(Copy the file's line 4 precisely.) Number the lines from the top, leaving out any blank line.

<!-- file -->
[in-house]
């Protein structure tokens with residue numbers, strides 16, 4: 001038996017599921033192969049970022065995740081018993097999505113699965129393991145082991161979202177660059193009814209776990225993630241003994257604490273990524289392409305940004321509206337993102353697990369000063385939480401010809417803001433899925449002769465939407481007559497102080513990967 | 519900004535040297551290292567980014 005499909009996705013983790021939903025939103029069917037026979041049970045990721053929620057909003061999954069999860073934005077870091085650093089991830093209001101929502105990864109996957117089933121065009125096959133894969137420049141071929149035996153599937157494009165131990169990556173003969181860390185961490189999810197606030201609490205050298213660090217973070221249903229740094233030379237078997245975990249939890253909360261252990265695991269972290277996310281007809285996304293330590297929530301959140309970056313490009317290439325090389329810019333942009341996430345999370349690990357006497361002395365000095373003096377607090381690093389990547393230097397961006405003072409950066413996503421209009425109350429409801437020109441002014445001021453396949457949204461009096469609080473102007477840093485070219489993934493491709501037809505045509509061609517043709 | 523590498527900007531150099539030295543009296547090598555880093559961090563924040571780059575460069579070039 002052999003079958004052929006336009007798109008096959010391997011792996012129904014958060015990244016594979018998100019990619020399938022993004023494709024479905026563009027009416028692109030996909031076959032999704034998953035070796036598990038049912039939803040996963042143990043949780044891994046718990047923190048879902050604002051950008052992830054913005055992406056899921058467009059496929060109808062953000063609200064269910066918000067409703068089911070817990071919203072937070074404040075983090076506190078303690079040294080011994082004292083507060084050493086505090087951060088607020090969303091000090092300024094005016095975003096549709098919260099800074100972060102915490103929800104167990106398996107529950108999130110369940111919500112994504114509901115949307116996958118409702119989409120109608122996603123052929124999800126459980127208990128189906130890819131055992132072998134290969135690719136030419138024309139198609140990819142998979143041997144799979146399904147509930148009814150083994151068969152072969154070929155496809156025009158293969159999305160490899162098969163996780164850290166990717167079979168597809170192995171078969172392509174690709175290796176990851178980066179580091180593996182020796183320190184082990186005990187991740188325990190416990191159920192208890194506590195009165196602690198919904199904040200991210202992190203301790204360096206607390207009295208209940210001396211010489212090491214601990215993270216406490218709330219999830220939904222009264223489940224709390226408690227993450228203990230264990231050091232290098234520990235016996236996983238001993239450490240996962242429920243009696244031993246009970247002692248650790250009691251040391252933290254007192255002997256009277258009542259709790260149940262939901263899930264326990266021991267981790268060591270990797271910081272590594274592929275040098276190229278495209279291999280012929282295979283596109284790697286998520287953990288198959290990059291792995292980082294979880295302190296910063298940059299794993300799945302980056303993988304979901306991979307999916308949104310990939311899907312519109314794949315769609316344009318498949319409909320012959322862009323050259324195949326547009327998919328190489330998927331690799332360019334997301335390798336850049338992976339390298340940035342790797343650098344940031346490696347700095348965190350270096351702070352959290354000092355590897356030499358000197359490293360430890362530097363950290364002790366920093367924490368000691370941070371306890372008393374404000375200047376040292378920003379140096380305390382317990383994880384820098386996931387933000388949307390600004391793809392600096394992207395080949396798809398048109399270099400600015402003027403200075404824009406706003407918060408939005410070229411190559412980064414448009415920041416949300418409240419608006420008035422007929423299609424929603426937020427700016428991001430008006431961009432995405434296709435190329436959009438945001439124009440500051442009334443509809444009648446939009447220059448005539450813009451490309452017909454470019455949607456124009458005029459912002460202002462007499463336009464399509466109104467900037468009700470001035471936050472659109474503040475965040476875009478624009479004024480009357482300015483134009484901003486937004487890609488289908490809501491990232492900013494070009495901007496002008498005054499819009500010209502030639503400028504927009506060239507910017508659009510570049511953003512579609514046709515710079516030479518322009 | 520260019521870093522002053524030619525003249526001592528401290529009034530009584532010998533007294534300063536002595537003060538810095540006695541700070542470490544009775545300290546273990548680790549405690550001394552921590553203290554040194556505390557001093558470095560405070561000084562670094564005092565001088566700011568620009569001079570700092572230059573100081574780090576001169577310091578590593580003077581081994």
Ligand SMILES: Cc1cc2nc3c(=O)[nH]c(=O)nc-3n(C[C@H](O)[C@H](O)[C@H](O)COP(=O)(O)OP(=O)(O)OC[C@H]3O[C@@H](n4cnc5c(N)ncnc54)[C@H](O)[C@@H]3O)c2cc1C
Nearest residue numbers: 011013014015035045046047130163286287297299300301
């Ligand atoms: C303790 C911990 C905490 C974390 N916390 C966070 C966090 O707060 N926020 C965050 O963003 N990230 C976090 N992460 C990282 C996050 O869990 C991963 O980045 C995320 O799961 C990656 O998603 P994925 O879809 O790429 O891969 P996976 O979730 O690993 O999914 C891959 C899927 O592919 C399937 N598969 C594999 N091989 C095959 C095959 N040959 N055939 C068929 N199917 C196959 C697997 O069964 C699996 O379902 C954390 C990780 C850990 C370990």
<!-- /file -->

Nearest residue numbers: 011013014015035045046047130163286287297299300301